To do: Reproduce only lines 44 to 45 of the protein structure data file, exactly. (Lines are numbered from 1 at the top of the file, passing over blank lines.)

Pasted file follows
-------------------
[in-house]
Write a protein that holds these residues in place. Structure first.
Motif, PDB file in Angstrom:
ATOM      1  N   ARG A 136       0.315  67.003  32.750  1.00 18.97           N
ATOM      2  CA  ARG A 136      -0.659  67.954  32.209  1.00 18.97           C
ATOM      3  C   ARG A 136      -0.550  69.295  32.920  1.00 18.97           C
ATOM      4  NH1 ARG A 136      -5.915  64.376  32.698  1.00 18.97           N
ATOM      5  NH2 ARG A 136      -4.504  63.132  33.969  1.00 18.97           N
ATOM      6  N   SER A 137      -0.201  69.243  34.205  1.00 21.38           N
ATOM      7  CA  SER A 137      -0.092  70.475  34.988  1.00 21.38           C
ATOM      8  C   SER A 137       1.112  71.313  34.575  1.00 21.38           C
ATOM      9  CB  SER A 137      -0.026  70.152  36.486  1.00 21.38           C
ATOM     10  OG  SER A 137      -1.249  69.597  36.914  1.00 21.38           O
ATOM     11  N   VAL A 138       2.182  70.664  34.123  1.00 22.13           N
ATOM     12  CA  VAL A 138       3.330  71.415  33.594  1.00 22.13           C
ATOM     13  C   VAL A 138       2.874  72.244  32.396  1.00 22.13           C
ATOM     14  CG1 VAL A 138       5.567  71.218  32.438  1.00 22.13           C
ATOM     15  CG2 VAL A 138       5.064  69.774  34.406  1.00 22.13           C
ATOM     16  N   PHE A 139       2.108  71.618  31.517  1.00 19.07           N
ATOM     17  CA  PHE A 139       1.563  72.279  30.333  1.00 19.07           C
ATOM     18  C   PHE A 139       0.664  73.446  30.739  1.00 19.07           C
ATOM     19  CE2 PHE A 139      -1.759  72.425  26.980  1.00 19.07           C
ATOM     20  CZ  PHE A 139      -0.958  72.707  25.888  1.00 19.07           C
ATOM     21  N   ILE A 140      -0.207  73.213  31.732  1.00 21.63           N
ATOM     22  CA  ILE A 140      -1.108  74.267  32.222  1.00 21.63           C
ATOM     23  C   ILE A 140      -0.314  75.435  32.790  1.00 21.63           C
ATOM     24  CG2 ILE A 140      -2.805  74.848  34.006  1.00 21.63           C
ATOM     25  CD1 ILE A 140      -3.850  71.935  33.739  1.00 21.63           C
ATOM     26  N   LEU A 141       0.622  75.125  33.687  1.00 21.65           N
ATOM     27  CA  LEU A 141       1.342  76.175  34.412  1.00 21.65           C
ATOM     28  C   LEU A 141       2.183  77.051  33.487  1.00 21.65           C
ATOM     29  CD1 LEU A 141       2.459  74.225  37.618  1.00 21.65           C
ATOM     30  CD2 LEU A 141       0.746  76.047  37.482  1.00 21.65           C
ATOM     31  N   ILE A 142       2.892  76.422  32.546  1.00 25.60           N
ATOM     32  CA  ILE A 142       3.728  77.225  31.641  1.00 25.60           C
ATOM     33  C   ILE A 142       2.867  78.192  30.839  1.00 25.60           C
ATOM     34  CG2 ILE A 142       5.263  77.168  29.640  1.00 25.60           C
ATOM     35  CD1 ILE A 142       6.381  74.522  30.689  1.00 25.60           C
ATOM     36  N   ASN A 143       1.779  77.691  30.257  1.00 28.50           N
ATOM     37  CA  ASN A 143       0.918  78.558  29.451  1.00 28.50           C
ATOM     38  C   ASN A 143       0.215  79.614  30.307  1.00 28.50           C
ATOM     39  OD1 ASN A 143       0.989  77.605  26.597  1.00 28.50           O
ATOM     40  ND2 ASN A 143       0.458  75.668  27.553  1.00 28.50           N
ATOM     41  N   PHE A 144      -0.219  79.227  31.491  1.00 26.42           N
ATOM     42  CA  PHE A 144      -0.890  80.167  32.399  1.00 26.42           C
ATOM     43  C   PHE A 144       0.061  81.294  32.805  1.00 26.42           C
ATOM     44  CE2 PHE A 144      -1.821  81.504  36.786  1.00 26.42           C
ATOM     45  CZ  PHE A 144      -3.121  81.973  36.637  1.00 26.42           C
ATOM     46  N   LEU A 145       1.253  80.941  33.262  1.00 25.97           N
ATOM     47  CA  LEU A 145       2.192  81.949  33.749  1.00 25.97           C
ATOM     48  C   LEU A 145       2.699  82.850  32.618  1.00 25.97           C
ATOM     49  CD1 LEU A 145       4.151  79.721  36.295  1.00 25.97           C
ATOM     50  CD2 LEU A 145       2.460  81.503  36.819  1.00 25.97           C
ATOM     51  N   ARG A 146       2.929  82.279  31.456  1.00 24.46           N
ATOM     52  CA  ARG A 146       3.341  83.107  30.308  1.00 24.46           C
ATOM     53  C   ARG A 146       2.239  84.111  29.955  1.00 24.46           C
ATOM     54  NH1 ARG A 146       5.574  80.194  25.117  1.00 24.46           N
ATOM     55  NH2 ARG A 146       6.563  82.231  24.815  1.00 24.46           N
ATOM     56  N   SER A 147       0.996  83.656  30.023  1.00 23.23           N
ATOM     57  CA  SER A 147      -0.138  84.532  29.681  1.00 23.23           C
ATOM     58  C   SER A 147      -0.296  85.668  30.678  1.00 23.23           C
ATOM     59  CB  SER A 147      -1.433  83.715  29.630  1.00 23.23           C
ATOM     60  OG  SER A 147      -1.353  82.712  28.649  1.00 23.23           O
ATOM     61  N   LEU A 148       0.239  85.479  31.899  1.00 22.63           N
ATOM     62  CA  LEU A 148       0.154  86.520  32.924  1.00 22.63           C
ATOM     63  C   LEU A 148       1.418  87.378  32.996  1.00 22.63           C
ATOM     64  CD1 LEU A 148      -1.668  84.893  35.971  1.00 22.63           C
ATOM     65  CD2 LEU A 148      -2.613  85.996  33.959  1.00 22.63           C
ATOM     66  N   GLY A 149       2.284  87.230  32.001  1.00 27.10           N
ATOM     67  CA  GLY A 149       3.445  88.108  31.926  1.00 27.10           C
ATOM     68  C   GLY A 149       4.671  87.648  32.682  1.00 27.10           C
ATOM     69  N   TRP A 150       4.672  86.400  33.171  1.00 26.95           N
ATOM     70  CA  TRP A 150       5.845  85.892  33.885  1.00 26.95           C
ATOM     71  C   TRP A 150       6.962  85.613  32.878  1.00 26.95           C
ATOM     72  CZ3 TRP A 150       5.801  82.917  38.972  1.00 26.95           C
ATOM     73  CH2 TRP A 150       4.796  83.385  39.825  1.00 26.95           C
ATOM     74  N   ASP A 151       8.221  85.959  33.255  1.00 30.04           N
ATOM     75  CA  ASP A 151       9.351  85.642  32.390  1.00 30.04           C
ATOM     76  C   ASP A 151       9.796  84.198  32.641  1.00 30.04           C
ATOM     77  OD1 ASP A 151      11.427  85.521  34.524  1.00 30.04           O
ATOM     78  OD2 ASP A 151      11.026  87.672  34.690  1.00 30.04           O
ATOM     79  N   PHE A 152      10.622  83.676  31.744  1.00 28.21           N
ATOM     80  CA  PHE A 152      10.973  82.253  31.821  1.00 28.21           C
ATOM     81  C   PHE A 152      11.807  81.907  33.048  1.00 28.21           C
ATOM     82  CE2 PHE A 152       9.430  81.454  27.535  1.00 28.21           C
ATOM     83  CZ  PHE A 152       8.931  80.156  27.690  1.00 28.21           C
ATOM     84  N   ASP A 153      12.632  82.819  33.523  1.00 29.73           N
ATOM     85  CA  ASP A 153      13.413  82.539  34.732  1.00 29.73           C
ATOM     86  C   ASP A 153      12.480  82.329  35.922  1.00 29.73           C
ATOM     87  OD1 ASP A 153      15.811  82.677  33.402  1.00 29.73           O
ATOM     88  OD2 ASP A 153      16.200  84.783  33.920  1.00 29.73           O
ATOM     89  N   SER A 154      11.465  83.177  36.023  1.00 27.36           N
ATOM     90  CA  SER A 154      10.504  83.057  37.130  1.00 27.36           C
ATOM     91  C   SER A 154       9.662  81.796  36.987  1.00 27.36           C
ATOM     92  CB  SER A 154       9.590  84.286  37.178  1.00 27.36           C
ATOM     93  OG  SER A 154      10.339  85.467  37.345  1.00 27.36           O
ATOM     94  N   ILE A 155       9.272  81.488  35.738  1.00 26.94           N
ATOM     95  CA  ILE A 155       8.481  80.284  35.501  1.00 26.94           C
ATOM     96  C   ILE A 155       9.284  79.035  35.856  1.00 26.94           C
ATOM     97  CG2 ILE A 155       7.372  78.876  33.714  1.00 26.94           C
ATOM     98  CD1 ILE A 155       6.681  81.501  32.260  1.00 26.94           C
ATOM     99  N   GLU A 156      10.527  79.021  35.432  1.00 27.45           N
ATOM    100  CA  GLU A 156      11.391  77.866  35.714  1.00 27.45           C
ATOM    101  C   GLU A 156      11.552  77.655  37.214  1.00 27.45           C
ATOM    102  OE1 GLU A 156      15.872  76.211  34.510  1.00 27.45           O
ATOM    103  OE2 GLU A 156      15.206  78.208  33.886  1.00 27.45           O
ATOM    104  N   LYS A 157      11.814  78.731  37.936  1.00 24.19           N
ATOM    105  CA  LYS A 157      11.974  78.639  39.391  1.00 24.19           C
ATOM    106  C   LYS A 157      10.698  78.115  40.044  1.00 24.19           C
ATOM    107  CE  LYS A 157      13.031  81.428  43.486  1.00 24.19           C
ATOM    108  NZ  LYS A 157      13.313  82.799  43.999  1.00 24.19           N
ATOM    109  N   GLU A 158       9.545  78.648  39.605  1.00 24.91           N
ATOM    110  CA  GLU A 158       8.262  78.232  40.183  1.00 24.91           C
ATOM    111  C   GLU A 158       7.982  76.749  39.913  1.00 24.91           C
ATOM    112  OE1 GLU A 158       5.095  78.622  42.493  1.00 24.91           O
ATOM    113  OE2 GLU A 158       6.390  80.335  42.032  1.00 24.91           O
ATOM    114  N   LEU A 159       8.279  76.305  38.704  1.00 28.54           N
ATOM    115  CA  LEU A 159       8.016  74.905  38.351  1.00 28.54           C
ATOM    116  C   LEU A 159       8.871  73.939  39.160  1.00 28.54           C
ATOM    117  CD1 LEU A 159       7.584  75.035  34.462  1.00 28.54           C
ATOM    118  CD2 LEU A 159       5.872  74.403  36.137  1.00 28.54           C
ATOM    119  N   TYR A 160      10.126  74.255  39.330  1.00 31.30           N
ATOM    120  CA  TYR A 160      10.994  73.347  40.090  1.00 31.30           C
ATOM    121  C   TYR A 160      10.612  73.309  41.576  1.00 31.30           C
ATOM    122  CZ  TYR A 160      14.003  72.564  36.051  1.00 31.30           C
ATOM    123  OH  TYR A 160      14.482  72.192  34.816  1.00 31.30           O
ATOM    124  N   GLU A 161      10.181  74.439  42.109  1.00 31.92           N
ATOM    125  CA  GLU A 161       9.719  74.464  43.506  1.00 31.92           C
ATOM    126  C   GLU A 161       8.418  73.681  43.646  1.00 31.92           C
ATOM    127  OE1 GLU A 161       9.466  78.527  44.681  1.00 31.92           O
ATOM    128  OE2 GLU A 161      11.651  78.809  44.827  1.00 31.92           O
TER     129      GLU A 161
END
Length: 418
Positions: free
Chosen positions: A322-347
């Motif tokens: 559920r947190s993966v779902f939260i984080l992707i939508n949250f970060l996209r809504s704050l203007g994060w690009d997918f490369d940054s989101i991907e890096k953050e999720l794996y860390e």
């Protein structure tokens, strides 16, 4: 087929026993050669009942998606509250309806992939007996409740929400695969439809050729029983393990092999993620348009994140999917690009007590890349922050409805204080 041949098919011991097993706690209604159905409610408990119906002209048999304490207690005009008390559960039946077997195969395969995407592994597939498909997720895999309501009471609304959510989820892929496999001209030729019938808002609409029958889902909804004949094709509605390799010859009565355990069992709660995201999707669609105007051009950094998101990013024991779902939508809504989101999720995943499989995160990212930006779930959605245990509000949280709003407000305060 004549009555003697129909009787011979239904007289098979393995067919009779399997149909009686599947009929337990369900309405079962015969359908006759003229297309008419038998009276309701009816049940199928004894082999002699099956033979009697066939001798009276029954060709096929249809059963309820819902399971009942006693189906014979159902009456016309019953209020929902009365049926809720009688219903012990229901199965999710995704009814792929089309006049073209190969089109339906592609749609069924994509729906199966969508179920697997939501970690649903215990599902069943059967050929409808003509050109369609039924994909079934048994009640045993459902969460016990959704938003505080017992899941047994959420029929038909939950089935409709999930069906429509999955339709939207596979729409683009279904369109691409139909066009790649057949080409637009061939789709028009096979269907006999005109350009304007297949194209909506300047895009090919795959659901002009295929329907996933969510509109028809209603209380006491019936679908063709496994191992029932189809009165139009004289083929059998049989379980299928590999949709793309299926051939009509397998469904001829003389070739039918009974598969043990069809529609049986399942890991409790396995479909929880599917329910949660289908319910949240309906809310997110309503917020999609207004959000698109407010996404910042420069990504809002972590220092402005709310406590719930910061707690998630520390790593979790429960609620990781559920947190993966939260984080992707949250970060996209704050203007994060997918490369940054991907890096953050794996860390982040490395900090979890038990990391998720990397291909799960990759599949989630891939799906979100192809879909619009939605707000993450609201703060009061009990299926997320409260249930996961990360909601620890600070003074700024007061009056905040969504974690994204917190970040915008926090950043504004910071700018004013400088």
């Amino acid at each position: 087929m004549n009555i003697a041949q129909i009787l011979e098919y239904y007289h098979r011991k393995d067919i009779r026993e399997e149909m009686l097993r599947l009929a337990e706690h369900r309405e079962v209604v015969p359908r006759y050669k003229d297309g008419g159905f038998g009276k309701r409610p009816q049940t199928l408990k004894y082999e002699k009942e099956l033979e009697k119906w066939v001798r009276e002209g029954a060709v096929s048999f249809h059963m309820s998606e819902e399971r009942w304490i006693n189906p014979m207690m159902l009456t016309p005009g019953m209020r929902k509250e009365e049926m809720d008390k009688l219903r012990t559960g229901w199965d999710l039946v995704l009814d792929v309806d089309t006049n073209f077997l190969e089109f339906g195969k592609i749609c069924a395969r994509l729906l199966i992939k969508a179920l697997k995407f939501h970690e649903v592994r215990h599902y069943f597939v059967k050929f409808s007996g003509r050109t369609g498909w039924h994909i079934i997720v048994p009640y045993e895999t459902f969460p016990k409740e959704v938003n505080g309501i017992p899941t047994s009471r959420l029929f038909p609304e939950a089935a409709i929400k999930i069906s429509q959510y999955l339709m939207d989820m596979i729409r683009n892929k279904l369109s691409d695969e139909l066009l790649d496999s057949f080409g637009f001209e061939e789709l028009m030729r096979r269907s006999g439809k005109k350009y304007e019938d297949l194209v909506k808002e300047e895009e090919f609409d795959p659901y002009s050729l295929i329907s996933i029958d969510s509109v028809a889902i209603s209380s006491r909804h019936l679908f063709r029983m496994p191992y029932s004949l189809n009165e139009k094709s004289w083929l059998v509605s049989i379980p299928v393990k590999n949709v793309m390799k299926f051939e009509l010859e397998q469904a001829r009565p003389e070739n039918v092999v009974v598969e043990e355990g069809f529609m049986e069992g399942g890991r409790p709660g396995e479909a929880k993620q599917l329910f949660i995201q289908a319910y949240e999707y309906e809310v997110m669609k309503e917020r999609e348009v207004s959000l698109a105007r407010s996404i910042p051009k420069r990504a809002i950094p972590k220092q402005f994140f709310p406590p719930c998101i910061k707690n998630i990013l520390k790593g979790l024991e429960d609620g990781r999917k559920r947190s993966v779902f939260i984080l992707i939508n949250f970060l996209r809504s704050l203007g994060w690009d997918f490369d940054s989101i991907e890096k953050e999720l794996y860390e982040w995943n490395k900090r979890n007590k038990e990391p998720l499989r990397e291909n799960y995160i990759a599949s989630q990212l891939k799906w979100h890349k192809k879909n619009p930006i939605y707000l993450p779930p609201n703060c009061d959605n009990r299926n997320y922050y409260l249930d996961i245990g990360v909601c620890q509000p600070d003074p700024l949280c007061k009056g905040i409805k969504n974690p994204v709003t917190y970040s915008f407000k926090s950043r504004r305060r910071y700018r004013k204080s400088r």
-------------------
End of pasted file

ATOM     41  N   PHE A 144      -0.219  79.227  31.491  1.00 26.42           N
ATOM     42  CA  PHE A 144      -0.890  80.167  32.399  1.00 26.42           C